What this means for the brands, what it means for fashion and what it means for sportswear are three very different things, and it all stems from the inspiration for the movement. Whether the three designers’ choice to react against archaic fashion tropes is a tongue-in-cheek in-joke, a punk style rebellion against the mainstream or simply a lack of ideas, is largely irrelevant. To fashion, it is a shock to the system, a much-needed injection of life that has been long overdue. Tracksuits on the catwalk are nothing new, but lurid popper pants at Pitti seem to suggest that there are boundaries being pushed that haven’t been before.
The appropriation of traditionally working class attire for the adoration of fashion’s chin-stroking royalty is one that has prompted much conversation and controversy in the past few years, the three aforementioned collections and collaborations however seem imbued with an honesty that has been lacking in the past. Simple recreations of iconic garments that have defined pop culture moments of their own, (Off-White’s Umbro drill tops are derivatives of those that became synonymous with BritPop, for example) doesn’t seem to be poking fun at, nor detracting from the garments’ importance in their own time. It seems that Rubchinskiy, Abloh and Gvasalia are paying their dues to the brands that inspired their lo-fi style, rather than borrowing from them for a manufactured edginess.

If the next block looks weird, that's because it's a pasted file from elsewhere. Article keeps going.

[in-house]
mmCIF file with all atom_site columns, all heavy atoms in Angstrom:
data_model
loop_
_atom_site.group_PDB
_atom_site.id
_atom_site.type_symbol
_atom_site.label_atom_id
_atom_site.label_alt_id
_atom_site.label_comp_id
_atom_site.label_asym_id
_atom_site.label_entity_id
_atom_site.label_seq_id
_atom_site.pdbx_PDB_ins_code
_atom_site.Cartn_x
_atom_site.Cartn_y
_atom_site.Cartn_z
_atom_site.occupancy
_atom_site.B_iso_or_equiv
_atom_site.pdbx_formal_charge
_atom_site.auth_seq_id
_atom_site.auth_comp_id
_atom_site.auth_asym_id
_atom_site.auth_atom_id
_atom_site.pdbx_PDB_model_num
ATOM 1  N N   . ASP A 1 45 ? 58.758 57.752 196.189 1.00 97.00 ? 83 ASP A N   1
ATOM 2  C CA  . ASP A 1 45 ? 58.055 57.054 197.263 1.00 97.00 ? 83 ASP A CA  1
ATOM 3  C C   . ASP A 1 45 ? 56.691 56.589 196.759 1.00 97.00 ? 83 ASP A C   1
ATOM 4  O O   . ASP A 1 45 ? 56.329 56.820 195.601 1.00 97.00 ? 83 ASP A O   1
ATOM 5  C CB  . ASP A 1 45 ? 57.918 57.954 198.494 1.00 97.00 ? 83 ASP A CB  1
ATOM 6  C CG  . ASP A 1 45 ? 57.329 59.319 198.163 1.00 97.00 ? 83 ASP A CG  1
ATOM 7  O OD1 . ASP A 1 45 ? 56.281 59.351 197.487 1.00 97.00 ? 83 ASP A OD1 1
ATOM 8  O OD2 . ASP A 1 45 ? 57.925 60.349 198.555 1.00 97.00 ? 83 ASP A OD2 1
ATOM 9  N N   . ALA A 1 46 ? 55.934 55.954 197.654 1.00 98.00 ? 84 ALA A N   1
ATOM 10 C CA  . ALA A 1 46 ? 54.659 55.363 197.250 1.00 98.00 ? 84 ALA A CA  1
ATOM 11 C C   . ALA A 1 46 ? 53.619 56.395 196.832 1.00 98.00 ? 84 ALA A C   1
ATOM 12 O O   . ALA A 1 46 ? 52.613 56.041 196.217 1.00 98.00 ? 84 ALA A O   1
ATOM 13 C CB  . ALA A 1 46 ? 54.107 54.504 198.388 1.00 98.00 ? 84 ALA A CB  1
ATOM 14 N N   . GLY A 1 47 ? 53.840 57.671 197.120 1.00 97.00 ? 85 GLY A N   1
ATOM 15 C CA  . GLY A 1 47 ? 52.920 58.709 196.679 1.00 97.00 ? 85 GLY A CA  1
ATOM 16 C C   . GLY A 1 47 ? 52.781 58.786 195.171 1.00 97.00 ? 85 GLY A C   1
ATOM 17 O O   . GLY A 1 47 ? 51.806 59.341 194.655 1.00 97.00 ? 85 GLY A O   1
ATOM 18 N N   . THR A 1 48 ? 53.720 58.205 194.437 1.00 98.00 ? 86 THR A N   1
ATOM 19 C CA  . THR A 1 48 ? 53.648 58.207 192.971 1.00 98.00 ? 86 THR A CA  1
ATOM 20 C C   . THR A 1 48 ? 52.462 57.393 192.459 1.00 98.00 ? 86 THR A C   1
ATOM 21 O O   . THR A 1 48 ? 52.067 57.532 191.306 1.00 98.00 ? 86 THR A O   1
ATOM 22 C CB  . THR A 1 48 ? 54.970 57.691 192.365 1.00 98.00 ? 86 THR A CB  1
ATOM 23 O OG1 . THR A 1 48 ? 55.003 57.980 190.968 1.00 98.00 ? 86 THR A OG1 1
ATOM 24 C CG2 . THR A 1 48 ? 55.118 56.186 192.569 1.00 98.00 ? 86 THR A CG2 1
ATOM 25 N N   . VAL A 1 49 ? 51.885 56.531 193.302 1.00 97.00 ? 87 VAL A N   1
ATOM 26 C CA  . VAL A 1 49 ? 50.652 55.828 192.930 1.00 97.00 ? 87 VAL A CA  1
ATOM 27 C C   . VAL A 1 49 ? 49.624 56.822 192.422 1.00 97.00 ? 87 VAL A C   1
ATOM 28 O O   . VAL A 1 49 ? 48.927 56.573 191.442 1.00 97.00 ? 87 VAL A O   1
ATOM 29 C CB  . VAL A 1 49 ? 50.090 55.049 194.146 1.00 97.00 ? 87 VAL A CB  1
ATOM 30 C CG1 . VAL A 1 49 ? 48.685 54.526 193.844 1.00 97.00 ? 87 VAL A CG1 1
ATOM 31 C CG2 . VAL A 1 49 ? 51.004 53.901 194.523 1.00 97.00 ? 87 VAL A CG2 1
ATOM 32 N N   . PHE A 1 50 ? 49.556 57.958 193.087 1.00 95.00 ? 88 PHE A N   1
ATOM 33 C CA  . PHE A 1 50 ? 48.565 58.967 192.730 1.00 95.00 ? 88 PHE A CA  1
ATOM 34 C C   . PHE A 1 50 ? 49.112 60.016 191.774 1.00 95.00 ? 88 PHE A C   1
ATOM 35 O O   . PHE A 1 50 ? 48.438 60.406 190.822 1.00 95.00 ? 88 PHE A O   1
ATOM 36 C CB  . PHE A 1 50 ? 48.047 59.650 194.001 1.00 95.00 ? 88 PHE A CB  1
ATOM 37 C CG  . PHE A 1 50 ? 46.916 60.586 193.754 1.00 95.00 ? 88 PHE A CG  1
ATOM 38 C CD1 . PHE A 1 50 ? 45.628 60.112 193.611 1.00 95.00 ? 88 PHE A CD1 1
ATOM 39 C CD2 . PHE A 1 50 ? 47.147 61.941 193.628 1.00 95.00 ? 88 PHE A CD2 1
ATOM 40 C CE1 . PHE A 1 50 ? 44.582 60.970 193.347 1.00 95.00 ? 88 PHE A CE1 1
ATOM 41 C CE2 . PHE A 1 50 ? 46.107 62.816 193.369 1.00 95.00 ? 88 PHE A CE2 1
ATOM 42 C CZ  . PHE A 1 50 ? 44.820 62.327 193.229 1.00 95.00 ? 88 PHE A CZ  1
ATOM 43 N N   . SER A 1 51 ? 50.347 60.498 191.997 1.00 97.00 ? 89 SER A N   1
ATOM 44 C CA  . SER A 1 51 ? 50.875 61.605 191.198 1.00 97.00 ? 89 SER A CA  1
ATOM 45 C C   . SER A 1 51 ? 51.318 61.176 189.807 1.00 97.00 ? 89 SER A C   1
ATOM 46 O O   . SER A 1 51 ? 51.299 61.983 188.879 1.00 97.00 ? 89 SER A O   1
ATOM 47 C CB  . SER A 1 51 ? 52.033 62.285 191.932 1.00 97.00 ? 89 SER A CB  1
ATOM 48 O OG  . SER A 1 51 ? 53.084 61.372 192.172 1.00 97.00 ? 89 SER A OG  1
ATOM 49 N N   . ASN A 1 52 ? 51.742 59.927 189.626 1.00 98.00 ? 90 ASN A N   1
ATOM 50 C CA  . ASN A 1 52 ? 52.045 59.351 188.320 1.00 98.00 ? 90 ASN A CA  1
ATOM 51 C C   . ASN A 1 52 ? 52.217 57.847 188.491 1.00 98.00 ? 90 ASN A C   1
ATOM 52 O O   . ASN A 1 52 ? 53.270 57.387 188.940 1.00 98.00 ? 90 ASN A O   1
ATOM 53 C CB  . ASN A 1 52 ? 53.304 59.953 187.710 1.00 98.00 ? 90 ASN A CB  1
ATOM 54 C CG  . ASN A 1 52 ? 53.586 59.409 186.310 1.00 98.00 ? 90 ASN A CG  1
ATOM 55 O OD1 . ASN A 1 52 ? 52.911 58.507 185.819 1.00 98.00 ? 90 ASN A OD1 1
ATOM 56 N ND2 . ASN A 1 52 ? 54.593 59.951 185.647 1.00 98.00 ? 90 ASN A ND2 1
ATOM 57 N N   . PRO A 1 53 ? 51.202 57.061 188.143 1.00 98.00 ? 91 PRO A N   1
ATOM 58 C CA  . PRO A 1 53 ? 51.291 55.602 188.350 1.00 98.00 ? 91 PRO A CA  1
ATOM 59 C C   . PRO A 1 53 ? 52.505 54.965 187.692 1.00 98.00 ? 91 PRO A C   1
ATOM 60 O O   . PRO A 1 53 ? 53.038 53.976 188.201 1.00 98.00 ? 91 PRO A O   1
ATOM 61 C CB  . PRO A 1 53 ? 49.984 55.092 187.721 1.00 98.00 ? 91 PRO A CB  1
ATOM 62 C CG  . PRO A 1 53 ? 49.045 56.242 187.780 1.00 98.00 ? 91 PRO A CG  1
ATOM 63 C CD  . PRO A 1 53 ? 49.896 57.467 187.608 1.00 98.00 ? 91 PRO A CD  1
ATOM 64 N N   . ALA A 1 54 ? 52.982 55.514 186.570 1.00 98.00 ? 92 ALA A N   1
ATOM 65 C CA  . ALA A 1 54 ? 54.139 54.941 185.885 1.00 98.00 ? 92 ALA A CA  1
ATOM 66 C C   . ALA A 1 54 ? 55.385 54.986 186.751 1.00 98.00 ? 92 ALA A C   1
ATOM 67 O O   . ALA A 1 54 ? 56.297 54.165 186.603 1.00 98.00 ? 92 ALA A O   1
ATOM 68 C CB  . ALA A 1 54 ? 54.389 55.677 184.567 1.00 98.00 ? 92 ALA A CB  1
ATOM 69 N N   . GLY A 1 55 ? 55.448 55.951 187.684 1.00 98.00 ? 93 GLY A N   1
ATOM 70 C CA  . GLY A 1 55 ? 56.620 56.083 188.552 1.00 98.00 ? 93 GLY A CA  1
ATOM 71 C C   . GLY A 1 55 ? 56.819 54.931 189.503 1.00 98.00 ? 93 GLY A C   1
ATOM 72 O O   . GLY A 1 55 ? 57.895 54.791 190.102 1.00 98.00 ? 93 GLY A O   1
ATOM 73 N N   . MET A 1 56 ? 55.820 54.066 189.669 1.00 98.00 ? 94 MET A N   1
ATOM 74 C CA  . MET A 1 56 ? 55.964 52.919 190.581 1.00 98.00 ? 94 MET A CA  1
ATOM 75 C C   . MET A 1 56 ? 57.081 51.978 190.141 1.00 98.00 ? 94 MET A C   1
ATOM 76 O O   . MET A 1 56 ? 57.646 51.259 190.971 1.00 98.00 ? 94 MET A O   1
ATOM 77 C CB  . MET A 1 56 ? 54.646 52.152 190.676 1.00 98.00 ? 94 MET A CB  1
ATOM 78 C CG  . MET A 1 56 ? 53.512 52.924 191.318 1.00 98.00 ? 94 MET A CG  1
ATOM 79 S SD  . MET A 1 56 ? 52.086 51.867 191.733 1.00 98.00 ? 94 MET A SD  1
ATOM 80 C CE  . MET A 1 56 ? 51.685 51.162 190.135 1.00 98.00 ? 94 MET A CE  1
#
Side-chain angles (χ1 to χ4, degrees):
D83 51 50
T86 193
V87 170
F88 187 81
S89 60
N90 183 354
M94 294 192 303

For the brands, regardless of the designers’ intentions, this is a win-win situation. “Commercially the Gosha collaboration has been a real step in the right direction for Kappa,” explains Jane Wright of Kappa UK, “The resurgence of sportswear on the catwalk through collaborations works really well for us. It raises our profile and creates an awareness that we are back, with retailers wanting now to get involved with the brand. The Archive pieces have been brought back seeing the re-introduction of the classic popper pant and track tops.”
“For young people who can’t afford Gosha, Vetements and Off-White, these brands provide a key into the lifestyle and aesthetic that has high fashion hooked”
With the co-sign of fashion designers and a place on Europe's elite catwalks, alongside the performance- and lifestyle-wear that these brand’s produce regularly, it’s difficult to see how they’re not going to flourish in the coming months and years. Streetwear’s explosion into the mainstream is one that can be mimicked by traditional sportswear brands. Where names like Palace and Supreme have flourished with niche pre-internet references, tongue-in-cheek self-parody and adoption by fashion’s most important, Umbro, Kappa, Fila and others can try to follow. For young people who can’t afford Gosha, Vetements and Off-White, these brands provide a key into the lifestyle and aesthetic that has high fashion hooked.
It is within this uptake by a younger audience that these brands will see a true resurgence. A nod from Gosha and polite applause from the assembled press is a beginning, but if they can adapt to the ultra-competitive world of popular streetwear and sportswear in time, there is no reason that they cannot surpass the success off their heydays. These are clothes and collections that young people relate to and want to support – and that is more than half the battle.